By Debbie Z. Harwell The first OTC met at the Albert Thomas Convention and Exhibit Center downtown (now Bayou Place) with 4,200 in attendance, 125 papers presented, and 38,500 square feet of exhibit space occupied by 200 exhibitors. In need of more space, in 1973 OTC moved to the Astrodome complex, now NRG Park, where […]
Tag Archives | Education
Across Houston thousands of families live in substandard housing, for many of them the dream of owning a home is not something attainable. Habitat for Humanity allows Houstonians in such conditions the opportunity of being home owners. This article highlights that process and gives veritable stories of Habit home recipients.
On September 2, 2002 a group of city officials and Houston’s then-mayor, Lee P. Brown, solidified the fate of an abandoned brick building at 1300 Victor Street in Freedmen’s Town Historic District. Through a significant restoration effort, Fourth Ward’s late-1920s-era African-American elementary school, vacant since 1984, was to become a dual-purpose cultural center and research […]
By Alex La Rotta Growing up, my siblings and I occasionally asked our parents how we ended up in Houston. I was particularly interested in trying to find meaning in my dual Colombian-American identity. Here we were, this large Colombian family (forty-plus members and counting) spread across Houston, yet it seemed so happenstance. We did […]
The spring issue celebrates thrity years of the UH Center for Public History. The issue includes a retrospective by director Marty Melosi and articles by several of our students on a variety of Houston History topics from the late nineteenth century to the more recent past.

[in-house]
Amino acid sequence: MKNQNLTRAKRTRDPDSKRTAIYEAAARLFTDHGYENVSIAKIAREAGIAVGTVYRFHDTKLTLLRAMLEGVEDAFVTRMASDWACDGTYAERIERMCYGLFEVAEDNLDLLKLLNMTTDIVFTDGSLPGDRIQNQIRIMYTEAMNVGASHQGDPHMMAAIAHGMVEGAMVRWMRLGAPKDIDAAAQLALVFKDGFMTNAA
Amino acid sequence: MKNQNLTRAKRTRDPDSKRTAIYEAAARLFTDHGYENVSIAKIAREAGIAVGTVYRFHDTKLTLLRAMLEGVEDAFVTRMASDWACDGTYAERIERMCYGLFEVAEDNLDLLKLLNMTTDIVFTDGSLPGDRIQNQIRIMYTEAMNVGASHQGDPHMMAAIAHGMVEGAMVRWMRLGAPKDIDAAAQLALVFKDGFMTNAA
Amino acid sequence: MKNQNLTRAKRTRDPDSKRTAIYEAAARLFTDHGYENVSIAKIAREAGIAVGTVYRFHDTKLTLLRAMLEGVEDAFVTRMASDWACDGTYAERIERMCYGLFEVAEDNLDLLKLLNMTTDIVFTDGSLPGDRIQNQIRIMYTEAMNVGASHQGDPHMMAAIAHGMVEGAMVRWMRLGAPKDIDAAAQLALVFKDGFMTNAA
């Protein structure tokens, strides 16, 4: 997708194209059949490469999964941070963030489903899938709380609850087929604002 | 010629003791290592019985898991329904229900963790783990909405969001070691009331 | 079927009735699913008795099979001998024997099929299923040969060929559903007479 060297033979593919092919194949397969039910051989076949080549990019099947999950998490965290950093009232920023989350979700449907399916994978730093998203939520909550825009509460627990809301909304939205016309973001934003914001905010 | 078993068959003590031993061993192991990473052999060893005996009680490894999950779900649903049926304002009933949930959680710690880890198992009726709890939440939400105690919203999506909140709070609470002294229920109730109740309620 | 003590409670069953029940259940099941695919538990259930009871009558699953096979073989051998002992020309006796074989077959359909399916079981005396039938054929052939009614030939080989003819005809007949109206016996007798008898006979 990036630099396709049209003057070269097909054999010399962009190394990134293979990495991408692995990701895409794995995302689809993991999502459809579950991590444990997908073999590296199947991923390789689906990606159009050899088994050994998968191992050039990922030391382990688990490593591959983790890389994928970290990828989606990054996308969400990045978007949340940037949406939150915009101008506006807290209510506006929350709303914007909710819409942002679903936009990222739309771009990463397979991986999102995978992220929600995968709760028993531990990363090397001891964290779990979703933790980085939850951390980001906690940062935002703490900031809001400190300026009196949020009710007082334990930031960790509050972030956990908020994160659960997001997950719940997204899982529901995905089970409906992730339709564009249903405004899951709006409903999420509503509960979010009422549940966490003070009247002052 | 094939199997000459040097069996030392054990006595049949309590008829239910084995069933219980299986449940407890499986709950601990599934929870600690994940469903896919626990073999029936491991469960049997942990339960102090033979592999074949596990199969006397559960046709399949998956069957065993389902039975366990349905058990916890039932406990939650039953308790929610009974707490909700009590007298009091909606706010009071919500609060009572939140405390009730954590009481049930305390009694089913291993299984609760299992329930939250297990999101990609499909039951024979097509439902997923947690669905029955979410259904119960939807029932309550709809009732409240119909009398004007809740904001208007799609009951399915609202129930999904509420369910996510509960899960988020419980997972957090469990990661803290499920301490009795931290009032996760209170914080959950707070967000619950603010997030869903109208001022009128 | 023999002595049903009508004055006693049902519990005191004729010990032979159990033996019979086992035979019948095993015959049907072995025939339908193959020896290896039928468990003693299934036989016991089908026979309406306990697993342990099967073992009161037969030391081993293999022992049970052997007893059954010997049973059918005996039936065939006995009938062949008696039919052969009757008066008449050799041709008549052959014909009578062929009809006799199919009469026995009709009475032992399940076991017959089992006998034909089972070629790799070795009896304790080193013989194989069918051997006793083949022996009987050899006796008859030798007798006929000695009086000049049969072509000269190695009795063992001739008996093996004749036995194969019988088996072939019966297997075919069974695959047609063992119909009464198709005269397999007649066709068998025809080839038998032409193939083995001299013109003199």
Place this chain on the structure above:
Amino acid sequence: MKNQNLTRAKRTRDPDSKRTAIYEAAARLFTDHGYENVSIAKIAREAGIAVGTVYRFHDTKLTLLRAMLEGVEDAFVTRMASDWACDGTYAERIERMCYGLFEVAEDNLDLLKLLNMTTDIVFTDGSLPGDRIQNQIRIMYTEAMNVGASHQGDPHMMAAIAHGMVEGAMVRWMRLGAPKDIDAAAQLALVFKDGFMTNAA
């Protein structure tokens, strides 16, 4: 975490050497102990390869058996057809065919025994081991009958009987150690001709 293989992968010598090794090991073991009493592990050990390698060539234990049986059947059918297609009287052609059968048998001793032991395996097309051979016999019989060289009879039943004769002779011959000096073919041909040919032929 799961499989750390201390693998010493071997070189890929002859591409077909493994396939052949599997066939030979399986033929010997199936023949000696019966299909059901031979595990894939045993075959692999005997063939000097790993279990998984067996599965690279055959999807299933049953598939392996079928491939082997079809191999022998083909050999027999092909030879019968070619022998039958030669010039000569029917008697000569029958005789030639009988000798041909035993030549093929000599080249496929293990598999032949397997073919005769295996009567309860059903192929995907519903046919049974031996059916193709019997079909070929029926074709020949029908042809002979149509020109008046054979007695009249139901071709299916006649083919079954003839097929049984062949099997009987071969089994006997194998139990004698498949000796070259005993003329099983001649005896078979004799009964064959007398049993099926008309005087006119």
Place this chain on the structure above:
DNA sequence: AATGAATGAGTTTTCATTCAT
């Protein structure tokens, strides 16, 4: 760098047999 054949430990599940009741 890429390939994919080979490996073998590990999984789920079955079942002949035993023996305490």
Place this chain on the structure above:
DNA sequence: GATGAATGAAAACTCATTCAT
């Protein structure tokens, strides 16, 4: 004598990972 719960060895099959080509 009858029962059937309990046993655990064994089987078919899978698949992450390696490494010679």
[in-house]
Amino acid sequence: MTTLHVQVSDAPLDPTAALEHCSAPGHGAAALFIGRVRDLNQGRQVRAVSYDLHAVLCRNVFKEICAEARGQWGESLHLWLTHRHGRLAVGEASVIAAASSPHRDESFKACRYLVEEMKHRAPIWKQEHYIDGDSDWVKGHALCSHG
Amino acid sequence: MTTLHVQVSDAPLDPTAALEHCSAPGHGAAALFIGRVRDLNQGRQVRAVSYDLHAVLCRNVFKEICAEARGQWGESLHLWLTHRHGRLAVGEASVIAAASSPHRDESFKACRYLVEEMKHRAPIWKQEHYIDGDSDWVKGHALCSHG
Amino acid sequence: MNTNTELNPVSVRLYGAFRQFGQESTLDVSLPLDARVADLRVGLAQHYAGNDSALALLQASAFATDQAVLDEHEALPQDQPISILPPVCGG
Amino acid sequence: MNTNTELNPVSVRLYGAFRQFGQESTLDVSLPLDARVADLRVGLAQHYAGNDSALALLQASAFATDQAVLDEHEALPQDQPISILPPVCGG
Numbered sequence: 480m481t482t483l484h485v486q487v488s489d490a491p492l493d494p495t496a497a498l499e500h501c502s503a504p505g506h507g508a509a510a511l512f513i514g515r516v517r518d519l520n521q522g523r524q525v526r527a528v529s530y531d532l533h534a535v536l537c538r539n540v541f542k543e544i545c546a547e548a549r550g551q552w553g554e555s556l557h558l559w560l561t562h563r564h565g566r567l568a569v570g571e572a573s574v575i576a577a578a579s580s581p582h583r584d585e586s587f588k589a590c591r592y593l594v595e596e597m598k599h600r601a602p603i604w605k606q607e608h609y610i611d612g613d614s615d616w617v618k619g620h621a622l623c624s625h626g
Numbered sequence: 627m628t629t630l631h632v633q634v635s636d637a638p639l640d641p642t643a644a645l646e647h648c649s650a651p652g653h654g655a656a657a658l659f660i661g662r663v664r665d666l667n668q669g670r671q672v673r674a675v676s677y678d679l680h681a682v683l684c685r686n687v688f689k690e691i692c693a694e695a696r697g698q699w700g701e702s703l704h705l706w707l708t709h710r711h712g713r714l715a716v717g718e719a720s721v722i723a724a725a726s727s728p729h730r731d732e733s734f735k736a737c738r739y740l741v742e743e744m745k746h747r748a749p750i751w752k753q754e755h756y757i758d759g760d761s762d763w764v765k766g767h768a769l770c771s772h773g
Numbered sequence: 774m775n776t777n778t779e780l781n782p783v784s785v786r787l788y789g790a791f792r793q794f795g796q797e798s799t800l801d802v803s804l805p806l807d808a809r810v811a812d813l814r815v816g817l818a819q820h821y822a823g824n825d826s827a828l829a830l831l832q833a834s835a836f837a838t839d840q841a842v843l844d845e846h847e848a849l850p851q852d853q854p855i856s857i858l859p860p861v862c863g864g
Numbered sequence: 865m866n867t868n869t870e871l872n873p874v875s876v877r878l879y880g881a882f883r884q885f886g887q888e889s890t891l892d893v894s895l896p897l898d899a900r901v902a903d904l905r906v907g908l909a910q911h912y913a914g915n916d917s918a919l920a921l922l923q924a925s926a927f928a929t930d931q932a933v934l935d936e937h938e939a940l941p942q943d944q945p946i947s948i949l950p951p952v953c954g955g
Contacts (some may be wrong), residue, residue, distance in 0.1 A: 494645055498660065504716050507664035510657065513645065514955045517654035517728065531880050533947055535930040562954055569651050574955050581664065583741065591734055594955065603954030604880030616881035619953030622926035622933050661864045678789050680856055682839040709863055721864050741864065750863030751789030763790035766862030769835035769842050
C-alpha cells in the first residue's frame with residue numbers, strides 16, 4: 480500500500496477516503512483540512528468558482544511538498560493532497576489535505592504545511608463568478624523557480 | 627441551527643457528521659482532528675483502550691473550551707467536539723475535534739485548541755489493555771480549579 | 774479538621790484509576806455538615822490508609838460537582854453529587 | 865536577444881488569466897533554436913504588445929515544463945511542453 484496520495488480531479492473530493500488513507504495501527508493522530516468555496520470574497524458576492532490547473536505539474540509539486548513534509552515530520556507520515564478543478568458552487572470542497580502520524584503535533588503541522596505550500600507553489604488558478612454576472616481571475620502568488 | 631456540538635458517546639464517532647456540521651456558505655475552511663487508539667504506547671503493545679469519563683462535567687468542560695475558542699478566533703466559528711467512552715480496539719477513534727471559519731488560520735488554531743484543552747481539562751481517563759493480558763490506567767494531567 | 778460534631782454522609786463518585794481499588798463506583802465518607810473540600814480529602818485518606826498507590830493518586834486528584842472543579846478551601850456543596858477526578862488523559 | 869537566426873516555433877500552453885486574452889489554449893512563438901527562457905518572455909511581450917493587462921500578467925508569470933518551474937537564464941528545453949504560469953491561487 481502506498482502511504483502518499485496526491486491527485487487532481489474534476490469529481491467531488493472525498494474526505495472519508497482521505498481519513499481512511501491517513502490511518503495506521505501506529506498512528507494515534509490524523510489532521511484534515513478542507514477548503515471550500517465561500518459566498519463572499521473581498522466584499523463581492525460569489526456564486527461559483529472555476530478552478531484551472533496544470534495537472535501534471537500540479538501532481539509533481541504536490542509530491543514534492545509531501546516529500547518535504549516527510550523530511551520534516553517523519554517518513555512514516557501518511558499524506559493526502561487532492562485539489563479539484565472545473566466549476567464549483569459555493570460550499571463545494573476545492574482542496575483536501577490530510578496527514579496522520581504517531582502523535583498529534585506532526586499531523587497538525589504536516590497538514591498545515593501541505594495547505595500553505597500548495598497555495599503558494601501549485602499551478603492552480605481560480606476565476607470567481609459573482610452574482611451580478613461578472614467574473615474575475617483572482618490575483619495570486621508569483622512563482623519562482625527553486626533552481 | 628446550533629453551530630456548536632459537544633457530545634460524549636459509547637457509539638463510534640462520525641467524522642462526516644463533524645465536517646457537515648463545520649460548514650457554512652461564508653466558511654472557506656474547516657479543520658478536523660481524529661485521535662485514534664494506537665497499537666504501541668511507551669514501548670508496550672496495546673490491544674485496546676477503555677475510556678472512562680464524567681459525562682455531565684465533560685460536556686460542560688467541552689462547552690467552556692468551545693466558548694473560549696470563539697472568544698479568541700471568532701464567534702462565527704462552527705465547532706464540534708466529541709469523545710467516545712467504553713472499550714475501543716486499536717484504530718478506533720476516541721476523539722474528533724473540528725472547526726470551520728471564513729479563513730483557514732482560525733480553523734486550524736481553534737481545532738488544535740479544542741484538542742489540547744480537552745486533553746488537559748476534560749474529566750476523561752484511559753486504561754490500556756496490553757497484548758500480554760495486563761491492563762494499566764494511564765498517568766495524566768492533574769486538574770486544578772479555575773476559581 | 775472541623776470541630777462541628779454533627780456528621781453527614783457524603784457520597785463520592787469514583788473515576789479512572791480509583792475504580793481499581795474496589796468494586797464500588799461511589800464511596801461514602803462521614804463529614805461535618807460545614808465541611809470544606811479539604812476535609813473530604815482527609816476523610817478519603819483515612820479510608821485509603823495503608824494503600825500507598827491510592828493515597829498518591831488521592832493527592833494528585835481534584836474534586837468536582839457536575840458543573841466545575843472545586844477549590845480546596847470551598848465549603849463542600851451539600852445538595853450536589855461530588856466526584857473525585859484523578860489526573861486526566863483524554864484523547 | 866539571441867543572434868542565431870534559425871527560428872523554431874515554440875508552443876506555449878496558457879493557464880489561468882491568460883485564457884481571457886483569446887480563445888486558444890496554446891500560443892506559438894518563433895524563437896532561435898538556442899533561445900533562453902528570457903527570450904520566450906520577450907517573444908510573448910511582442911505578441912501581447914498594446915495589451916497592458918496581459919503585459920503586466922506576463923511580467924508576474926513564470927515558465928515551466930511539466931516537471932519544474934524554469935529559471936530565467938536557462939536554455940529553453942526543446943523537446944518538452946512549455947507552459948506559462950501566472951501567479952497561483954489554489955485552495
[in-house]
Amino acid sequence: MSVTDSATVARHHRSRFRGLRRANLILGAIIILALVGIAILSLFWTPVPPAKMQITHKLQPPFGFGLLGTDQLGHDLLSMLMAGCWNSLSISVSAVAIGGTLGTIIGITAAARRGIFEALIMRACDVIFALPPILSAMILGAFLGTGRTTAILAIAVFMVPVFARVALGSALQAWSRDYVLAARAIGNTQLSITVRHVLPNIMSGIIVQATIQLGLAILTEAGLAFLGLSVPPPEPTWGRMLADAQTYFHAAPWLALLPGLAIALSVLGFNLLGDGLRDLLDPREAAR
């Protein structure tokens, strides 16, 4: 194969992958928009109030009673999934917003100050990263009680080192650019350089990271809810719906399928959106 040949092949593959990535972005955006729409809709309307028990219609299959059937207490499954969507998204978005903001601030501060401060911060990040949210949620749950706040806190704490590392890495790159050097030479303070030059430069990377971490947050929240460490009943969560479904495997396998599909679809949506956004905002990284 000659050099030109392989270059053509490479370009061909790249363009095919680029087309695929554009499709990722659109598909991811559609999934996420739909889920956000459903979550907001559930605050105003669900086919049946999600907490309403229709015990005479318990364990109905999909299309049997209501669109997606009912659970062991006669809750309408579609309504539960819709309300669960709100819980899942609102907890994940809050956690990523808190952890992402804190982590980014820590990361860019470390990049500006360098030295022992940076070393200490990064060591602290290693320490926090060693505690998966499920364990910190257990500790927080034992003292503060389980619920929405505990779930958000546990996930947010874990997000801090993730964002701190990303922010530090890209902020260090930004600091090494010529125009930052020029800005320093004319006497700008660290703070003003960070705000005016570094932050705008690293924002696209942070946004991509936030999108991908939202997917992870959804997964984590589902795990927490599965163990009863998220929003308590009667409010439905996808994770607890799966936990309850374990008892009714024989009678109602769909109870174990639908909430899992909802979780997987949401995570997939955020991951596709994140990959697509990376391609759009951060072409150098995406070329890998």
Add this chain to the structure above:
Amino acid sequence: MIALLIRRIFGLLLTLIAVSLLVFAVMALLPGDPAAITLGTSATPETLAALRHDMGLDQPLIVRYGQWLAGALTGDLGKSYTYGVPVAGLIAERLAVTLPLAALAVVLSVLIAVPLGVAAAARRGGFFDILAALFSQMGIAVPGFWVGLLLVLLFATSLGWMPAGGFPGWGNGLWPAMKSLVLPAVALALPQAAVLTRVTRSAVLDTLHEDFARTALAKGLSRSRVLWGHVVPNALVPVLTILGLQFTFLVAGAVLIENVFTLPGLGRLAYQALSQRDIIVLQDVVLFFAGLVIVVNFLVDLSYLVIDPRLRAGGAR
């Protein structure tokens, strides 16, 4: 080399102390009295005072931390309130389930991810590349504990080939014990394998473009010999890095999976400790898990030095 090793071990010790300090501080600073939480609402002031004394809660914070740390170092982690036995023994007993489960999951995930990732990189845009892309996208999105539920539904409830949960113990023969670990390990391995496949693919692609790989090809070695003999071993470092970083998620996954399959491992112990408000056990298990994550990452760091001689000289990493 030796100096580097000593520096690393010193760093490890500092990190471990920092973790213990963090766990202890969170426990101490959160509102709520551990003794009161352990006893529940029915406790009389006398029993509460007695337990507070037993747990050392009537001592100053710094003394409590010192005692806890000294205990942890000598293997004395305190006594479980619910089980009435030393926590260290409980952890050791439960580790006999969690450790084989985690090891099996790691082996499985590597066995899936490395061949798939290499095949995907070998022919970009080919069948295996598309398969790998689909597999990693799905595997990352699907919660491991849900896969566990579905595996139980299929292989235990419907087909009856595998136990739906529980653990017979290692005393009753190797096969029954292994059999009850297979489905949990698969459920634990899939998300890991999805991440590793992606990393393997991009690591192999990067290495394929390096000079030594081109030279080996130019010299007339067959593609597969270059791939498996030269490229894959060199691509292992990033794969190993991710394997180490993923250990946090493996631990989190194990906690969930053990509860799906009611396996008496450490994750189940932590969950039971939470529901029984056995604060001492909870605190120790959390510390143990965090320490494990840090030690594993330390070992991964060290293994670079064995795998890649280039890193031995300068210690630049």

The campus-wide “Student Activities” page in the Student Life section of the University of Houston website reads, “Wherever your passions lie, you’re sure to find a match among UH’s 400+ organizations, fraternities, leadership programs and other groups.” Passion, defined by Merriam-Webster as a strong feeling of enthusiasm or excitement for something, obviously is alive and […]
By Amilcar Shabazz Click here to read a pdf of the full article.
Although Houston may be known for its many cultural and art museums, the handiwork of local artists can also be found in a not-so-usual location – school and neighborhood SPARK Parks, which grew from one woman’s inspiration.
In 1958, Jack Yates High School moved from its original location at 2610 Elgin Street in the Third Ward to its current location at 3703 Sampson, just a short distance away. It should have been an improvement—modern building, larger facility—but instead it marked a reversal from the school’s position as a central, guiding force for […]
To view the entire article about the Hobby family’s philanthropy by Patricia Pando and Robert Pando, which appeared in Houston History Volume 7, Number 2, download the pdf version.